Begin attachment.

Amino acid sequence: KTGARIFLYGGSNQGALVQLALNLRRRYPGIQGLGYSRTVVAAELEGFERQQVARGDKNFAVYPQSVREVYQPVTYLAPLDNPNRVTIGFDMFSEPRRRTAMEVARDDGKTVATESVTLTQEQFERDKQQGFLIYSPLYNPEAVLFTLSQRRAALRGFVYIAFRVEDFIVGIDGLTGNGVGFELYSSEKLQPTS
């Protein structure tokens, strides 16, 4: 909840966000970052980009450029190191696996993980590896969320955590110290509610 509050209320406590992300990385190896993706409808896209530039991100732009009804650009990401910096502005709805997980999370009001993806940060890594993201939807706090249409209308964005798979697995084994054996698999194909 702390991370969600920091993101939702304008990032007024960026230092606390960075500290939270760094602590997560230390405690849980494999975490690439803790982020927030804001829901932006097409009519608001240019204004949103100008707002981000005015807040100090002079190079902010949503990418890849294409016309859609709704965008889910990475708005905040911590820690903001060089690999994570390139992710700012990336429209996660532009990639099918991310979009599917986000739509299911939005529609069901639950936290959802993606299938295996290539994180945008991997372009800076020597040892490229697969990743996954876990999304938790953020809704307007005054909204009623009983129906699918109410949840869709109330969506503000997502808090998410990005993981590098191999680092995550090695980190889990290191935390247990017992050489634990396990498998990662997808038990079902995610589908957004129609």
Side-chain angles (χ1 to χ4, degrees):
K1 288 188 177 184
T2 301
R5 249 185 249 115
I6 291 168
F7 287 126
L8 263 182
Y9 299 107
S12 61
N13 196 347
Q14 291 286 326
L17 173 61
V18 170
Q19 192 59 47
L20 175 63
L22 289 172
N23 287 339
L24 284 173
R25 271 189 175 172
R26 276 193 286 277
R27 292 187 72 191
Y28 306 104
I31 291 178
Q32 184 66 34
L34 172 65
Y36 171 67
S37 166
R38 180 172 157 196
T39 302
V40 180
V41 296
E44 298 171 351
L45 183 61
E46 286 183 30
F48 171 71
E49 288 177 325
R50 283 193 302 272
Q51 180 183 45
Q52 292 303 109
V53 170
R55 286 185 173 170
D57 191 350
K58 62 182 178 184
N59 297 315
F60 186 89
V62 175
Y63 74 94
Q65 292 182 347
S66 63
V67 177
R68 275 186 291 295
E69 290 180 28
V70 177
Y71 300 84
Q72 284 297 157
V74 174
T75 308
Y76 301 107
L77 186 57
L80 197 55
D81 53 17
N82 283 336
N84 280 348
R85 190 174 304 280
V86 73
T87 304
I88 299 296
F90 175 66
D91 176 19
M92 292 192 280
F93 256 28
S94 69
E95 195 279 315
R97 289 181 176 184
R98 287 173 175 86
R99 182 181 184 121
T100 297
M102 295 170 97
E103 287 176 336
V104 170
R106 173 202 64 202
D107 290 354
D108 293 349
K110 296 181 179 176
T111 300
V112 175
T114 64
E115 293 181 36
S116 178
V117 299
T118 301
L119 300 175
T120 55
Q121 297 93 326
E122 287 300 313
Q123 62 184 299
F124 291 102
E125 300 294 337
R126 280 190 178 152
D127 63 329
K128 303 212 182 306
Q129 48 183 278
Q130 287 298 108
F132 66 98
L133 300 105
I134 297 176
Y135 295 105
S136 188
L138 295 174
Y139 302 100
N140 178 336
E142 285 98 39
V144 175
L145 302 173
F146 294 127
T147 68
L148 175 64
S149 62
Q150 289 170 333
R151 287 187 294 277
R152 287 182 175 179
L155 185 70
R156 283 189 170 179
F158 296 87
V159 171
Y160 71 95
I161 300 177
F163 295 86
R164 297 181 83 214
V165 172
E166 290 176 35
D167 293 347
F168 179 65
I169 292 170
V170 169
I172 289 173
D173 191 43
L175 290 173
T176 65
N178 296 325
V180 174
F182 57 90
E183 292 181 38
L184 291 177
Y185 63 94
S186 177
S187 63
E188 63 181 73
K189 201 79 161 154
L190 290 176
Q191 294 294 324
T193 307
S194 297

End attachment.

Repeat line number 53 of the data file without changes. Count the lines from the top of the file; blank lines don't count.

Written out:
R68 275 186 291 295